Bardo is a Tibetan word. Bar means between and signifies place or island. So
it can be translated as "in-between place" or "intermediate state." The term bardo is used to describe the primary transitions through the various levels of experience constituting the process of embodiment and reincarnation. There are many different ways of understanding the concept of bardo.
Bardo teachings are about the continuity and ongoing nature of mind and
experience. These instructions relate directly to everyday life as well as death. If we can recognize what is happening right here, while we are alive, we can go forward with confidence.
According to the Buddha, all sentient beings are naturally enlightened and
have been pure since the beginning. However, due to a small mistake, a little
grasping develops into ego-clinging and a state of delusion. As long as we are deluded, awareness of our true nature is obscured. The bardo is the interval from the beginning of delusion until the return to the state of primordial nature. All our wandering in between is the bardo. Until we reach enlightenment, everything we feel, know and experience, is bardo phenomena. Even now, we are wandering in an intermediate state. This will continue as long as we persist in dualism, clinging to the belief in the inherent existence of self and world.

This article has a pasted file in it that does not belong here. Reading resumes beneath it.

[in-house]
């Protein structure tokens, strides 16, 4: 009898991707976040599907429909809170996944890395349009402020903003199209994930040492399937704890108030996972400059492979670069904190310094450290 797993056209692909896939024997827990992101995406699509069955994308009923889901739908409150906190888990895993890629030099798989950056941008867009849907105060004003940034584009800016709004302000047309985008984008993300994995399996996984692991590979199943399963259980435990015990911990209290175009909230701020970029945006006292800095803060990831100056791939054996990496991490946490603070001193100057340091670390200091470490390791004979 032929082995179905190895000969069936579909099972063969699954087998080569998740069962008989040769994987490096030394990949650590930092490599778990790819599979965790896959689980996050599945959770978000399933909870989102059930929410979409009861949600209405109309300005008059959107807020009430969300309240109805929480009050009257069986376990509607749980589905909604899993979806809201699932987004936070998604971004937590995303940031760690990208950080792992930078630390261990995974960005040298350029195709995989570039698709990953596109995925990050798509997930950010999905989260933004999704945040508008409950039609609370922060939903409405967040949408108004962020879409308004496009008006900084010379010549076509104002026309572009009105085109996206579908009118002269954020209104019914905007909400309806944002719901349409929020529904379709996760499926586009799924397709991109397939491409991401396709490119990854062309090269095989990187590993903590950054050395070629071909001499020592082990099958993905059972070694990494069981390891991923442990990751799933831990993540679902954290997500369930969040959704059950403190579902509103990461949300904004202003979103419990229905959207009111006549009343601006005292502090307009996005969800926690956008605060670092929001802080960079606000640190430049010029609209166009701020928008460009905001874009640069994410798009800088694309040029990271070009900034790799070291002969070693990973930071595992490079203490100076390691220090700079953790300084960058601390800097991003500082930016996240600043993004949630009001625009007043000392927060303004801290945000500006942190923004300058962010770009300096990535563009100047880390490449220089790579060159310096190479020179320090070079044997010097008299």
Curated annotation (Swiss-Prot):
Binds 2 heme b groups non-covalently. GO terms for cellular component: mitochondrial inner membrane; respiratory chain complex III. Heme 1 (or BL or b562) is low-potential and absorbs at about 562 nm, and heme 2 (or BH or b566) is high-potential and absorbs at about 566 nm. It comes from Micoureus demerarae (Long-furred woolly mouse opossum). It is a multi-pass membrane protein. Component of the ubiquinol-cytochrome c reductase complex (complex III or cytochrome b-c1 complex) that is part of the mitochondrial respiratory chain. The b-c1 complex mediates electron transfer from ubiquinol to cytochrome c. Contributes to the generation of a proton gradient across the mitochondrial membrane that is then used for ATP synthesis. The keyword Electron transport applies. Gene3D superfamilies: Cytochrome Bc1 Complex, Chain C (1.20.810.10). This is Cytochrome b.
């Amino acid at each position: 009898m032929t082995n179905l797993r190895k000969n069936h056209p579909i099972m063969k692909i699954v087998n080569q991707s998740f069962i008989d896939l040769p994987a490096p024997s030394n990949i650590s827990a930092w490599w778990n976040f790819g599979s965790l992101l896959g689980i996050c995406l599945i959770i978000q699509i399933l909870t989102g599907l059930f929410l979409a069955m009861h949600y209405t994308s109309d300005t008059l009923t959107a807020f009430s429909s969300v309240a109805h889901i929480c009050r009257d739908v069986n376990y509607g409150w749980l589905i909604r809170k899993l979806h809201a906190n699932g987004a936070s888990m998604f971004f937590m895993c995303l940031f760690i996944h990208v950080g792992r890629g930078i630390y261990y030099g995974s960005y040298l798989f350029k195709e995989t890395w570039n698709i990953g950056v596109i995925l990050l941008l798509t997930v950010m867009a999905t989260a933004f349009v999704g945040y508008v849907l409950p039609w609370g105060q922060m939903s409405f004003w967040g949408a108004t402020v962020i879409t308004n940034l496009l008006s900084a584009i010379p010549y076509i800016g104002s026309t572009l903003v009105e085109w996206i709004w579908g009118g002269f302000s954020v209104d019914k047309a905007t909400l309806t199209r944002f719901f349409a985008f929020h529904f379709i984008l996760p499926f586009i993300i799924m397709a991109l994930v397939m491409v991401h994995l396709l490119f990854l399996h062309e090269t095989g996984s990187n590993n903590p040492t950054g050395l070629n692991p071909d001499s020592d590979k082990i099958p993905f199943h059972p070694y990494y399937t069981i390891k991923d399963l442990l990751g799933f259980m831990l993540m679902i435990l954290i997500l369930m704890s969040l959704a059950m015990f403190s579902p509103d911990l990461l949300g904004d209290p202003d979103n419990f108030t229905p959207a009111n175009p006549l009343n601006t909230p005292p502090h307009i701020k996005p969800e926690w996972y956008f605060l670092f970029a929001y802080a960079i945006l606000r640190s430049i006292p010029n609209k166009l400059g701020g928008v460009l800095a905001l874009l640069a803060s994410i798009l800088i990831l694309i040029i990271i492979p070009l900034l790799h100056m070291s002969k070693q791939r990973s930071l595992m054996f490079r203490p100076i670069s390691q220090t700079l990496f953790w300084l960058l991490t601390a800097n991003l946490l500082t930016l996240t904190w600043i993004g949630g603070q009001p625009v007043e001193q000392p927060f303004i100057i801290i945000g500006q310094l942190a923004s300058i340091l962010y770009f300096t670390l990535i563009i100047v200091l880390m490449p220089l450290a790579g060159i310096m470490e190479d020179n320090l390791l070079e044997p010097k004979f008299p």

The bardos do not exist outside of us. They are the context of our experience.
This is very important to understand. Do not think that you are only in the bardo at certain times. The entire universe of samsara and nirvana happens within the bardos. From the onset of our dreams until we completely wake up is all bardo territory. As long as we are trapped by ego-clinging and attachment, we are in the bardo.
Even highly realized beings and great practitioners arise within this process,
but they are already awake so that they do not make false distinctions between the bardo and pristine awareness. They understand that everything which appears is a display of primordial wisdom.
Khenchen Palden Sherab